In any case, I've read previous posts from Ted. He has represented himself as being knowledgeable, personable and charming. His invitation, a pleasant surprise, is welcomed and if he can be compared as the "Paul Prudehomme" of the asbinthe world, then I'm positive my visit there will be all the more pleasurable.

BTW--Chong, at least we have good taste in movies in common.

By Bob Chong on Friday, September 15, 2000 - 10:20 pm: Edit

"And Jeeze, Bob Chong- she wasn't looking for it in a liquor store for pete's sake. That's why she posted to the in crowd of the absinthe world :-)"

Sorry 'bout that. The way it was written originally, my interpretatation sounded reasonable. But I am wrong quite often (many times a day, I'm certain). Anyway, if I had posted on a food board that "I'm planning a vacation to New Orleans at the end of October and I'm wondering if anyone can suggest where I could find the best [oyster po-boy] the city has to offer," it would
seem to most folks that I am asking for a commercial outlet for such an item. I wouldn't be holding my breath that Paul Prudhomme is inviting me over to his house for lunch. ;-)

BTW--Yvonne, nice Annie Hall allusion.


By Chrysippvs on Friday, September 15, 2000 - 06:42 pm: Edit

You should see NIN's video "The perfect Drug" Absinthe and Gorey...can't beat that at all...

By Anatomist1 on Friday, September 15, 2000 - 06:05 pm: Edit

I've always felt a certain draw toward Gorey, but only recently did I acquire any material to check out thoroughly. I got Amphigorey, and Amphigorey Also. Right now, my favorite is "The Doubtful Guest". I think Gorey is overlooked because all his work is so small. One of my first priorities when I get my new Photoshop computer up is to do some hi-res scans and make some of this stuff big enough to appreciate easily. I may do some web stuff, and possibly some guerilla mural postings downtown. I'll announce any significant development here.

Thanks for the compliments.


By Chrysippvs on Friday, September 15, 2000 - 05:52 pm: Edit

E. Gorey is fantastic. I have tons of vintage first print posters of his including one of the Dracula plays with Frank Langella...he is fantasic and was personally mourned when he died...favorite work?

looks like we found common ground Anatomist..and BTW I am not a big fan of modern art at all, but I found your items very pleasing..I am no expert on the subject but I thought they were skillfully done indeed!

By Tabreaux on Friday, September 15, 2000 - 04:50 pm: Edit

Yvonne won't have to settle for Herbsaint. I should be around.

As for NIN, I ran into one of the band members recently here in N.O. (Mr. Reznor has a studio here), and we had a conversation about absinthe, as well as recent events with regard to absinthe.

By Anatomist1 on Friday, September 15, 2000 - 04:45 pm: Edit

Of course, it's all personal taste, but I like my darkness with more drama and less mechanism. To me there's something fatiguing about a computer rythym track (i.e., drum machine). It's missing those little inaccuracies that only live organisms can provide, and it makes me weary. Putting nineteenth century Germans aside, for me, good dark music started with the Doors, then Black Sabbath. I think the best horror-style music came from a little outfit called Bauhaus. Lately, Tool has been good for me. NIN just hasn't registered with me yet.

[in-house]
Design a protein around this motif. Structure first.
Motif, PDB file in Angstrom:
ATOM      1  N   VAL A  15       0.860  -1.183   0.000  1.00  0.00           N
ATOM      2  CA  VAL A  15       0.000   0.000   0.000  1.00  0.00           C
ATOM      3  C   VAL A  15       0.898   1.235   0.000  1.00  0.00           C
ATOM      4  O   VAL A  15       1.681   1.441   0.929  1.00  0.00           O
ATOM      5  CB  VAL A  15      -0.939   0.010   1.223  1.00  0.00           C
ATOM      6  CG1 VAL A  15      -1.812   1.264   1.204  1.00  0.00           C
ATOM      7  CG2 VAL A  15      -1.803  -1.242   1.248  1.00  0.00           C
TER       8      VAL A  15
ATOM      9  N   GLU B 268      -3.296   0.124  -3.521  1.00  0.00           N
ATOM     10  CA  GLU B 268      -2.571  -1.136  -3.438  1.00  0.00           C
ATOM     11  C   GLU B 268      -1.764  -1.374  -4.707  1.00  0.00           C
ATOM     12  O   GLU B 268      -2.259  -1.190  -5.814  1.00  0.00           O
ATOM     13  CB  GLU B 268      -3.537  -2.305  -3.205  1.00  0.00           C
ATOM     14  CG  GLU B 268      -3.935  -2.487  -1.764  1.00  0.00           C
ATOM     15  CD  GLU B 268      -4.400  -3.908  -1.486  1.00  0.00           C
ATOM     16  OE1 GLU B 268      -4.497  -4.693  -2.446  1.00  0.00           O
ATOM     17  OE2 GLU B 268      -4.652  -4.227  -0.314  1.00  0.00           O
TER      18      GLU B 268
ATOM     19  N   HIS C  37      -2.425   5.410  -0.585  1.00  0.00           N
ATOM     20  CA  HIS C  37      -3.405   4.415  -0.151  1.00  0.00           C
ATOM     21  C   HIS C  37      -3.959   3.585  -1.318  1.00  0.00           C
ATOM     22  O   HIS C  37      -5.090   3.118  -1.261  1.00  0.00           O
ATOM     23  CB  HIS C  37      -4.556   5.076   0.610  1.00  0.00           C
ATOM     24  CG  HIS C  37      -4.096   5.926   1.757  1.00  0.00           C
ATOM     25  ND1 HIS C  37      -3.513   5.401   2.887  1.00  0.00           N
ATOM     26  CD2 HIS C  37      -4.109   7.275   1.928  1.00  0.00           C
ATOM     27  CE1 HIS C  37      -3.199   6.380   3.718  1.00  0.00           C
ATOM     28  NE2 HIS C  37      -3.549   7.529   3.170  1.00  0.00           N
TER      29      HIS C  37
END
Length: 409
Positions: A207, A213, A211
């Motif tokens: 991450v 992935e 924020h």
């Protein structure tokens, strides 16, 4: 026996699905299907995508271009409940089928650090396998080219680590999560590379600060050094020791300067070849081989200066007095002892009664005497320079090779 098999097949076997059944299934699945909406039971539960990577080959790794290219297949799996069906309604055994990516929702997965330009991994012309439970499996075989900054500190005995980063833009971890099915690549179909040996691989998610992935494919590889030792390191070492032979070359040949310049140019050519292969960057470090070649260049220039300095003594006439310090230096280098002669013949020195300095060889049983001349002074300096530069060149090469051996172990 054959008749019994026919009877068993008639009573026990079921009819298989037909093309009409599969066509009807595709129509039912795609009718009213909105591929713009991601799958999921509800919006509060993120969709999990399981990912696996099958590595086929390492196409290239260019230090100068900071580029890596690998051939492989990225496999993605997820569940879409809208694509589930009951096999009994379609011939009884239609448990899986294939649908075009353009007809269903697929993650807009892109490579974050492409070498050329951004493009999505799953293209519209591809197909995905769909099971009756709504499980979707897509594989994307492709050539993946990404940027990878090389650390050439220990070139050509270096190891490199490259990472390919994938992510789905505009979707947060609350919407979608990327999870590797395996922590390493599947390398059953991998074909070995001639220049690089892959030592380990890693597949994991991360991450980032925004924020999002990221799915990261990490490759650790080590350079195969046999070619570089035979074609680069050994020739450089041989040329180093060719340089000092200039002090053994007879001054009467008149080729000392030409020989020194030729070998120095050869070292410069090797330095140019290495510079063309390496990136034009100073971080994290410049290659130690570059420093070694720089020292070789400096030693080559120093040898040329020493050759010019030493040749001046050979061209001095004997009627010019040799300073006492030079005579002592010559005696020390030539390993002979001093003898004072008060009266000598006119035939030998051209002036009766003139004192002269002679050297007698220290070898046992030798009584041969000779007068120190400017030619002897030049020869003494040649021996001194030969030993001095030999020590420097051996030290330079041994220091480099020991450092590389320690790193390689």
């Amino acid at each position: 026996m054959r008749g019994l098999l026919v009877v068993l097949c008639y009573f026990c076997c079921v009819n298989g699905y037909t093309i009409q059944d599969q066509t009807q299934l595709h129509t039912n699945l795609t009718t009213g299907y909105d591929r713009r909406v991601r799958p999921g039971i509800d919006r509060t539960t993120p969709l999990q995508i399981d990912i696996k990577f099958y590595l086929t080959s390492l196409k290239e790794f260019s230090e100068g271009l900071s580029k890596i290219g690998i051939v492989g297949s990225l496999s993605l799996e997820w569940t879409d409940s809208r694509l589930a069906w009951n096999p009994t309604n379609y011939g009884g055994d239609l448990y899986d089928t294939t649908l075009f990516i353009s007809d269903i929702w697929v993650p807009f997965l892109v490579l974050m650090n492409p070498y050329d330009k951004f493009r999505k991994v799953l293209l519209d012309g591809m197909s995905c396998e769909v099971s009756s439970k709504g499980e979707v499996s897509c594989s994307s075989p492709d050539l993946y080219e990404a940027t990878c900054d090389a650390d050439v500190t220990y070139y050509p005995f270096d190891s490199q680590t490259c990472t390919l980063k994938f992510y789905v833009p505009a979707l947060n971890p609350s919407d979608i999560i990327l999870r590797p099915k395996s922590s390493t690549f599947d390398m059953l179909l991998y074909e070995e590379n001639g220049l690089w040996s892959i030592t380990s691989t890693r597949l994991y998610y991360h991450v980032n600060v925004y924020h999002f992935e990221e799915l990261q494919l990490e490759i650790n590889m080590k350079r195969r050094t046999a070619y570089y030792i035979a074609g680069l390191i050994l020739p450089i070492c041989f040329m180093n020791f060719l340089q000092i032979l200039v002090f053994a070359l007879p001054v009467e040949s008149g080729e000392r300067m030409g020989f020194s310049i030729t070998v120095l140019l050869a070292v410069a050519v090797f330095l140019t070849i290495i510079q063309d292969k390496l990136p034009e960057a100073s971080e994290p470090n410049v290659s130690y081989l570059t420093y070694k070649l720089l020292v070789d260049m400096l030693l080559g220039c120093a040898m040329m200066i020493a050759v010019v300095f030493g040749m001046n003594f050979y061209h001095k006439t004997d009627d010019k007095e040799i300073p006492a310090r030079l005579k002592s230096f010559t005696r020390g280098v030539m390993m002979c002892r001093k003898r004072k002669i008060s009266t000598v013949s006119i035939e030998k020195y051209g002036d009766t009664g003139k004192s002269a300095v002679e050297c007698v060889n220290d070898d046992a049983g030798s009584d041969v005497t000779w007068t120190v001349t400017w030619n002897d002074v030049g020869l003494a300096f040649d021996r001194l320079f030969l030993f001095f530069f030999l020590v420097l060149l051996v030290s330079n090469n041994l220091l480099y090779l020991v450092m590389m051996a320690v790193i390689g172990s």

Thanks Black Rabbit. BTW are y'all into E.Gorey?

By Yvonne on Friday, September 15, 2000 - 04:25 pm: Edit

I would have assumed by the fact that that you post here that you understand that some things are more of an acquired taste than others. My attraction to NIN is because I respect someone who perfers to evolve with his music rather than be in it for the buck. After all, I've outgrown the target marketing age range for MTV and gracefully so has NIN. You should give a listen to the Fragile.

By Black Rabbit on Friday, September 15, 2000 - 04:24 pm: Edit

Oh yeah, Anatomist1- maybe this will help. I never used to like that sort of music before, but one day I found myself grooving to the rhythm of a train going by- there is music in the squeal of tearing sheet metal, a certain beauty in the roar of a diesel engine... Skinny Puppy is very good for that sort of thing too (or Front Line Assembly and a million more.) Or hell, Throbbing Gristle.

But I guess if you worked in a factory, it might just remind you of work, which would suck I guess.

BTW, your scuplture kicks booty man.

By Black Rabbit on Friday, September 15, 2000 - 04:11 pm: Edit

Thanks for extending the invite to Yvonne Ted (she is a friend of mine :-)

And Jeeze, Bob Chong- she wasn't looking for it in a liquor store for pete's sake. That's why she posted to the in crowd of the absinthe world :-)

NIN is like any other music- if it gets your toes a-tappin, listen to it... Led Zeppelin is incredibly vapid, IMHO, but I still like it.

By Chrysippvs on Friday, September 15, 2000 - 04:03 pm: Edit

I am a big fan of NIN, have been for years. For me it is the grinding metallic crash I enjoy. It is a pleasant break for since I listen to the classic about 90% of the day...the rest is NIN mostly. Trent Reznor reminds me of a late 19th century composer..aligning the tradition notions of harmony and melody with the discordia of the modern age...and look at the varation in NIN..from "La Mer" (which is a Debussy take off) to "Big man with a Gun" the piercing variety of depression to salvation and back is always a good theme...